Northern Prairie Wildlife Research Center
Much effort has been devoted to assessing the status of the continental mallard populations through extensive surveys (Pospahala et al. 1974, Martin et al. 1979) and to annual survival estimates based on banding (Anderson 1975). Recruitment has been less intensively studied, especially on local areas, although several earlier studies have contributed substantially to our understanding of breeding biology of the species (e.g., Sowls 1955, Keith 1961, Smith 1971, Stoudt 1971, Dzubin and Gollop 1972). Our study was designed to furnish current recruitment information for a large study area in central North Dakota. In addition, radiotelemetry enabled us to avoid some problems encountered in previous studies and to obtain detailed data that were used to evaluate a previously developed model (Cowardin and Johnson 1979). That model related recruitment and survival of mallards to change in population size.
In the present paper we present estimates for the recruitment parameters derived from a sample of radio-marked hens. This technique has advantages over the more traditional estimate of recruitment derived from censuses of breeding populations and young produced. The marked birds are free to select their nesting site, and, if the hens represent the breeding population and are marked before nest site selection, an unbiased sample of nests can be obtained. To obtain an unbiased sample with unmarked birds, it is necessary to sample habitats in proportion to their occurrence (e.g., Duebbert and Kantrud 1974, Higgins 1977) and to find nests in the sampled areas. Recruitment can be estimated from radio-marked hens by determining the number of young fledged by each hen in the sample. The hen is the sample unit, and sample hens can be obtained over large areas. Recruitment estimates based on census data are derived from sample plots and require estimates of breeding population and total young produced on each plot. Breeding population estimates are difficult to interpret (Dzubin 1969a), and brood counts for the secretive mallard are highly unreliable (Stoudt 1971). Furthermore, the study plot is the sample unit, and replication of plots over a large area is time consuming and expensive.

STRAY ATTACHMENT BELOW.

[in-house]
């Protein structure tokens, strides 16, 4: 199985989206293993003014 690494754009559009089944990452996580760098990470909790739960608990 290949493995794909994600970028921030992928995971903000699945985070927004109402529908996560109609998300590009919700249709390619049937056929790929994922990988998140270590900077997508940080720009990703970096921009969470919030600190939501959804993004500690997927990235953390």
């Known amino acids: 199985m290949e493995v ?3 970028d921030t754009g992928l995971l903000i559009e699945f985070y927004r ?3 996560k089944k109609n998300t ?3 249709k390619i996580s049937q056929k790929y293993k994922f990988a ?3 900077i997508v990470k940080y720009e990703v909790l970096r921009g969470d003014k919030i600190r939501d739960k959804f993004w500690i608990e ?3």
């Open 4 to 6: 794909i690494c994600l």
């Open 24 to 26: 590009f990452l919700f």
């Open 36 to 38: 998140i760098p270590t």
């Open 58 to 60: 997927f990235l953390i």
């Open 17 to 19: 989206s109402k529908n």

The study had the following objectives: (1) to obtain unbiased estimates of the use of various habitats for nesting and to compare use of habitat with availability, (2) to estimate nest success, hen success, and brood survival and to develop an estimate of recruitment rate based on these data (3) to relate variation in recruitment to variation in pond conditions and weather; and (4) based on these data, and previously published survival estimates, to forecast future trends in mallard populations breeding in central North Dakota.